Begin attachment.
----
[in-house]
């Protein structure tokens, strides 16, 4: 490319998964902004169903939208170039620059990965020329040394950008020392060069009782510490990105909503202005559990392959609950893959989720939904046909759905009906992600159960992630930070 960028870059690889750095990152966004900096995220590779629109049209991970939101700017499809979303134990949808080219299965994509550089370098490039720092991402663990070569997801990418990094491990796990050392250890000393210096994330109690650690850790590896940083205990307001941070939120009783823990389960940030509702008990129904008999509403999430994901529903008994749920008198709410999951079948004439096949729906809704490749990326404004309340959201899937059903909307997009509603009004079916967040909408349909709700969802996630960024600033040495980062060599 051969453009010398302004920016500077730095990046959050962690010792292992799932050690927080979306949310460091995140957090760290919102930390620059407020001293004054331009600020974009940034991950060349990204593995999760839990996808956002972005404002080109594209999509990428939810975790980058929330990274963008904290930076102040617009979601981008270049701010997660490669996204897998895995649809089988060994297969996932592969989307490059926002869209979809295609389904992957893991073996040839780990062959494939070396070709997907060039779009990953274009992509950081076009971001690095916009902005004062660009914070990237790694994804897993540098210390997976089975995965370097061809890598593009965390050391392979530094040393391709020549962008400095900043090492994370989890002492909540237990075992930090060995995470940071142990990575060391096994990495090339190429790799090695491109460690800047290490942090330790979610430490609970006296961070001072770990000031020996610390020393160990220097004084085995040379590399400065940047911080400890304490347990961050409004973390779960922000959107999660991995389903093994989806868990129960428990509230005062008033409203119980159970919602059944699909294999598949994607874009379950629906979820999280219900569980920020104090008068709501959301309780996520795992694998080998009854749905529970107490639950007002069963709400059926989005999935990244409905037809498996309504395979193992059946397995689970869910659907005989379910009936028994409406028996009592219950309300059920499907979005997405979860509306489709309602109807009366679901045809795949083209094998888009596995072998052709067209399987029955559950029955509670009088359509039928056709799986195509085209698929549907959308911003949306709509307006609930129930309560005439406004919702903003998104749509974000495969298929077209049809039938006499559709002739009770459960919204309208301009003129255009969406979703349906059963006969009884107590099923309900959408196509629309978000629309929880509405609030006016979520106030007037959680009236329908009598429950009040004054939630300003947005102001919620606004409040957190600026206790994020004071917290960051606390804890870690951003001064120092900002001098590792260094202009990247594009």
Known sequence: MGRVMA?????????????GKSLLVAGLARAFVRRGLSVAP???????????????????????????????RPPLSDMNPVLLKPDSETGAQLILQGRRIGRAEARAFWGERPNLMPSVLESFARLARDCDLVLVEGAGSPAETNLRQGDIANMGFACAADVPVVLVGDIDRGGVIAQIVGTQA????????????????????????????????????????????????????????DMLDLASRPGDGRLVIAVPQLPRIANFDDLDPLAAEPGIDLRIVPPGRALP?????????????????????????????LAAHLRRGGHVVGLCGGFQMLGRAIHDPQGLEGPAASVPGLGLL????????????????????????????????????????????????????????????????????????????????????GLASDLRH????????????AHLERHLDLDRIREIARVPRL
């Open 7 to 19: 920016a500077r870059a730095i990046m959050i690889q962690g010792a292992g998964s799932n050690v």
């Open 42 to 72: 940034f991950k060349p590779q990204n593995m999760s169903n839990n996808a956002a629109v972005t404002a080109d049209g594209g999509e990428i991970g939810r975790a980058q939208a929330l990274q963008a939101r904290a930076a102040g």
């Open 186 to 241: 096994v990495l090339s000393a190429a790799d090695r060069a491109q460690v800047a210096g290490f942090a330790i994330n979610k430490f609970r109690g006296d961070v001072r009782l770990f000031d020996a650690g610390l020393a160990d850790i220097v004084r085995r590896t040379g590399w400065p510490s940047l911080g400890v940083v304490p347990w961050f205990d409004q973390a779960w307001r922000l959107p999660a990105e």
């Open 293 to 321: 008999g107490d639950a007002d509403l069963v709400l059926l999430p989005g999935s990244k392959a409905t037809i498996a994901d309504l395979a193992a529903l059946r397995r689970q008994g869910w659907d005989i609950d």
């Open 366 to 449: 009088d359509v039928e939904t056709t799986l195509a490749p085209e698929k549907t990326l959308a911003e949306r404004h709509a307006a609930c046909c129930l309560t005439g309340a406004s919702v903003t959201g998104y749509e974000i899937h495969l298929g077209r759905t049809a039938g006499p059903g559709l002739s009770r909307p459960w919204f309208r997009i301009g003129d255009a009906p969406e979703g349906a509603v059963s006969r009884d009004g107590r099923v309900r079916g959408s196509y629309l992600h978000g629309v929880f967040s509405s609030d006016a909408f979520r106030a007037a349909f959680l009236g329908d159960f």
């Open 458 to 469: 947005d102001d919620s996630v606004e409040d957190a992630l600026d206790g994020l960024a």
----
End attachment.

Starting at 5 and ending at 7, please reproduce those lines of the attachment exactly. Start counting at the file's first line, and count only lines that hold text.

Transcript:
């Open 42 to 72: 940034f991950k060349p590779q990204n593995m999760s169903n839990n996808a956002a629109v972005t404002a080109d049209g594209g999509e990428i991970g939810r975790a980058q939208a929330l990274q963008a939101r904290a930076a102040g």
């Open 186 to 241: 096994v990495l090339s000393a190429a790799d090695r060069a491109q460690v800047a210096g290490f942090a330790i994330n979610k430490f609970r109690g006296d961070v001072r009782l770990f000031d020996a650690g610390l020393a160990d850790i220097v004084r085995r590896t040379g590399w400065p510490s940047l911080g400890v940083v304490p347990w961050f205990d409004q973390a779960w307001r922000l959107p999660a990105e």
């Open 293 to 321: 008999g107490d639950a007002d509403l069963v709400l059926l999430p989005g999935s990244k392959a409905t037809i498996a994901d309504l395979a193992a529903l059946r397995r689970q008994g869910w659907d005989i609950d």